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Impact of incorporating greenhouse gas emission intensities in selection indexes for sow productivity traits

Alfonso, L.
Livestock science 2019 v.219 pp. 57-61
bioeconomic models, carbon footprint, conception, crossing, emissions factor, genetic improvement, greenhouse gas emissions, greenhouse gases, litter size, markets, meat production, piglets, pork, pork industry, purebreds, ruminants, sows, weaning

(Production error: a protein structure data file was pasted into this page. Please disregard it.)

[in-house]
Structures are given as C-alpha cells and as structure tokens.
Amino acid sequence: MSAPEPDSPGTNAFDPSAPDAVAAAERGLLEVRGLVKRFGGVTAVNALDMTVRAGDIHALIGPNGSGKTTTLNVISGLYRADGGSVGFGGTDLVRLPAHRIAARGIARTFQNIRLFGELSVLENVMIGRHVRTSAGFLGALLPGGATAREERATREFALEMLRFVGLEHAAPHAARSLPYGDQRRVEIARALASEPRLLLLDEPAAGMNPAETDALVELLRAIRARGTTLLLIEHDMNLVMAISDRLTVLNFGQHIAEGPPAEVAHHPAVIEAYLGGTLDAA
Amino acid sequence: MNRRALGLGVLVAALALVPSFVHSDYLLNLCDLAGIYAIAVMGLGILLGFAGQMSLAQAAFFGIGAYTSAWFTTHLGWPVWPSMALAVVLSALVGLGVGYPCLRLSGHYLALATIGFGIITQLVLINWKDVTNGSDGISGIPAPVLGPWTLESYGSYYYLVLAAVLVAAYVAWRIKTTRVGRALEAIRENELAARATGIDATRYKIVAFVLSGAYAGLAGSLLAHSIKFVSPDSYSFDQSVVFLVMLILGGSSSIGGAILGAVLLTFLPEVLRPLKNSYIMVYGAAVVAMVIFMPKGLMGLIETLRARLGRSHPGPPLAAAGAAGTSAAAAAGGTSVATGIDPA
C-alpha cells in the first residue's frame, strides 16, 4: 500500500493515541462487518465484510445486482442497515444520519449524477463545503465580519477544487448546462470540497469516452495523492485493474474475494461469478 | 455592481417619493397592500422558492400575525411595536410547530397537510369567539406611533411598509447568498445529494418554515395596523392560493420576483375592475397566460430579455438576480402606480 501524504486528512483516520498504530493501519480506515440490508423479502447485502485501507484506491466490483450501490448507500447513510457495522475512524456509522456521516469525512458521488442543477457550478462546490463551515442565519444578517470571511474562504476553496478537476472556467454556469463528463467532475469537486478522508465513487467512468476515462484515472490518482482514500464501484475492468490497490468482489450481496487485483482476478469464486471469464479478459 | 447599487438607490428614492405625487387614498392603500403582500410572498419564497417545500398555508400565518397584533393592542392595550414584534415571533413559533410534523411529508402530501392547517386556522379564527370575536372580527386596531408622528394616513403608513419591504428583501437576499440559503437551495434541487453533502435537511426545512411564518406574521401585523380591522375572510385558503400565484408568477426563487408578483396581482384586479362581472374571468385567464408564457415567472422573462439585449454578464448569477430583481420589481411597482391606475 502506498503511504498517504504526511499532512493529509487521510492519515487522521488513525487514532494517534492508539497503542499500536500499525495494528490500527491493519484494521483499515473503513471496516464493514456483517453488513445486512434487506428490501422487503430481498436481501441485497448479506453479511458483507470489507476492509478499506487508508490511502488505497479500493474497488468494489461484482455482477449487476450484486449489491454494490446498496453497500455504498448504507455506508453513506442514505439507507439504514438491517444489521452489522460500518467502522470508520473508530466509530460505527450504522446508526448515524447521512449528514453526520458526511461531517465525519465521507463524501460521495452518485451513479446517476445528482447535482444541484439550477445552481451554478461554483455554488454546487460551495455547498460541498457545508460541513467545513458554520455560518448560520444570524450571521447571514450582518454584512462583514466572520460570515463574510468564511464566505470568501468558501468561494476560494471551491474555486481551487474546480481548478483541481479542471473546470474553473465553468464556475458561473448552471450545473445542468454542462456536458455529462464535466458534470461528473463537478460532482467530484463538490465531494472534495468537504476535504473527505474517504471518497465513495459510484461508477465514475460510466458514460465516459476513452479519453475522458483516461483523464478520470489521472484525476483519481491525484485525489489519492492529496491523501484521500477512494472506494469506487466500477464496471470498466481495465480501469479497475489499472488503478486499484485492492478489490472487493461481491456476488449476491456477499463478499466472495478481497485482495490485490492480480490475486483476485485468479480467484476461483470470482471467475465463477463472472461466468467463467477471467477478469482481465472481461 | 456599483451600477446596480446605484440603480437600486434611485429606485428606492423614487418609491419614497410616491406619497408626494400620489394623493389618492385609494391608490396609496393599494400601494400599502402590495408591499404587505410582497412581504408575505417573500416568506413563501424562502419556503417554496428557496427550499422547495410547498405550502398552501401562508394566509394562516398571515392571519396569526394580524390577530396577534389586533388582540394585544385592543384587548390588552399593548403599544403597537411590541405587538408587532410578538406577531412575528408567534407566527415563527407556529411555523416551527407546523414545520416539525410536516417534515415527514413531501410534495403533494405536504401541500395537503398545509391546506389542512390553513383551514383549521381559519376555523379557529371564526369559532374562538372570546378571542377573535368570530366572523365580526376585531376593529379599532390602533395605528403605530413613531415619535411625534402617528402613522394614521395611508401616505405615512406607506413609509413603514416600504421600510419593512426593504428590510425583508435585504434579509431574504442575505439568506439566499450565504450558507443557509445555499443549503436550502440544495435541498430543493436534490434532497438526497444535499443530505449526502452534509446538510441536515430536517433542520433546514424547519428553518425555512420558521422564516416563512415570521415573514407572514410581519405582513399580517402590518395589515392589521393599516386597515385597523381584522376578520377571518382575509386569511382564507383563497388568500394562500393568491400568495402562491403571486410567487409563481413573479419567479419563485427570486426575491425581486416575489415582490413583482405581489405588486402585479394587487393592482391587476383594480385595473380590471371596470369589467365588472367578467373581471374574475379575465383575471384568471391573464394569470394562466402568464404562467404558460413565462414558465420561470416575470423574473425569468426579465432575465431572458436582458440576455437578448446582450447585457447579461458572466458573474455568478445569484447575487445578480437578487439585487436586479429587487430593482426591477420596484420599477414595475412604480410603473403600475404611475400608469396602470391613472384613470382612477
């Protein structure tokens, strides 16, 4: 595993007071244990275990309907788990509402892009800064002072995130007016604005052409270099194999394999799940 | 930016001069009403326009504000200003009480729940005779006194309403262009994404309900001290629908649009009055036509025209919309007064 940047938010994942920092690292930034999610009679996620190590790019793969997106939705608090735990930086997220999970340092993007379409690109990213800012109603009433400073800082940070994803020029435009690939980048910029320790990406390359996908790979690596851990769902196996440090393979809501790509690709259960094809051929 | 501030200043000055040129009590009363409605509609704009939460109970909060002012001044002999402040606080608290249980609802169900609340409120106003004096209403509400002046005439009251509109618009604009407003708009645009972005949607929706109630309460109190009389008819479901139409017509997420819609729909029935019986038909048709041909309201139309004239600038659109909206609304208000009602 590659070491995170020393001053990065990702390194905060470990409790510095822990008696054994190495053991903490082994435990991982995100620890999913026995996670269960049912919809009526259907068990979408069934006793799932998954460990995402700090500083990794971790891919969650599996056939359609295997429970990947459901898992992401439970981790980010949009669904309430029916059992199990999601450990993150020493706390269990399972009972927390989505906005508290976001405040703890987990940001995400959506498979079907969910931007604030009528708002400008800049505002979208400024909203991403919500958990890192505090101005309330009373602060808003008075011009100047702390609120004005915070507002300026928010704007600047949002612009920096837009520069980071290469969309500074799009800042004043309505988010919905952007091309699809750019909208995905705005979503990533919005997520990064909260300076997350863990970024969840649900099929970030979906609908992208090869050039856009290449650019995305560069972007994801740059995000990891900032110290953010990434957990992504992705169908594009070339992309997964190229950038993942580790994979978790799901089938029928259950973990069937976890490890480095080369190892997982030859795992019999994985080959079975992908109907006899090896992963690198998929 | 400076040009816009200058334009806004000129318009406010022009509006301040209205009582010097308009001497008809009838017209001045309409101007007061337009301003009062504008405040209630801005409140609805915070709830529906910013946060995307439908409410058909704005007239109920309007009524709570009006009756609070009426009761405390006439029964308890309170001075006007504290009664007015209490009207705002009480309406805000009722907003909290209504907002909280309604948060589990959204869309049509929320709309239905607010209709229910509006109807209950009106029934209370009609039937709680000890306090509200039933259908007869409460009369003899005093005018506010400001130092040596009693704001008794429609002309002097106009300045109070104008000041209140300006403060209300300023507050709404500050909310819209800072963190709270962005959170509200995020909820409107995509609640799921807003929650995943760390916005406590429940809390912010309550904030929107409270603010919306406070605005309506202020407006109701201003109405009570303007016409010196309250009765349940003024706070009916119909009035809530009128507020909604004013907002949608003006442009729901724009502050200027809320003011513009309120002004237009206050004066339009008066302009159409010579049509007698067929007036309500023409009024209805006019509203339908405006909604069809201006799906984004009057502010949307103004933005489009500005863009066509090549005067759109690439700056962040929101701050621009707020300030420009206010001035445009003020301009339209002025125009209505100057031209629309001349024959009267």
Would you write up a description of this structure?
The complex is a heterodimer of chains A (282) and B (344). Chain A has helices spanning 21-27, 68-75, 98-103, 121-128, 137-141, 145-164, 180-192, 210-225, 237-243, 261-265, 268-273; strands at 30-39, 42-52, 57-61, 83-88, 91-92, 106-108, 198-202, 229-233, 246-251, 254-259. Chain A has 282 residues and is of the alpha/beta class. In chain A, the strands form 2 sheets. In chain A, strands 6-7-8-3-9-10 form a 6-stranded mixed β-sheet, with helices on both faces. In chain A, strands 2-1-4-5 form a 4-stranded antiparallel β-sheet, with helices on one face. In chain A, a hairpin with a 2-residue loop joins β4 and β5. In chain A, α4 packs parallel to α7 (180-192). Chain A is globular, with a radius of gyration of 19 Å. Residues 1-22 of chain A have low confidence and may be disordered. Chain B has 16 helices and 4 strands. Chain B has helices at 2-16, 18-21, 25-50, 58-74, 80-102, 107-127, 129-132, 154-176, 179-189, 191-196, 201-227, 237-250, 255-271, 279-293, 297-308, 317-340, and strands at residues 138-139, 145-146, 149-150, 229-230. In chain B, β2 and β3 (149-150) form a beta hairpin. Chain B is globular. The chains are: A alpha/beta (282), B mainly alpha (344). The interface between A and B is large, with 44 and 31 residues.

Genetic improvement programmes should incorporate emerging challenges about environmental concerns into breeding goals. The large volume of pig meat production implies important greenhouse gas (GHG) emissions despite its lower carbon footprint per animal in front of ruminant productions. The different breeding goals considered by swine industry depending on different purebred lines, or line crosses adapted to different market demands and production constraints, could mask the effect of incorporating GHG emissions into selection indexes for improving sow productivity traits in nucleus populations. This paper analysed this effect following a methodological approach consisting in augmenting existing selection indexes derived from profit functions. An index previously described in the literature including litter size at birth, piglet perinatal survival, piglet survival to weaning, age at first conception and weaning to conception interval, was employed. This index was expanded to include GHG emissions calculating the emission intensities per litter, assuming a finished pig market and different scenarios and financial costs of GHG emissions. Results indicated that the inclusion of GHG emissions diminished the economic weight of litter size and piglet survival vs. the age at first conception and the interval weaning to conception, but did not affect significantly the contributions of these traits in the selection indexes. The improvement of sow productivity traits diluted relevantly the GHG emissions per piglet produced, and so, per kg of pork produced. The approach used in this study, despite its limitations in front of bio-economic models, has shown to be a simple and flexible way to analyse the effect of incorporating GHG emissions into existing selection indexes.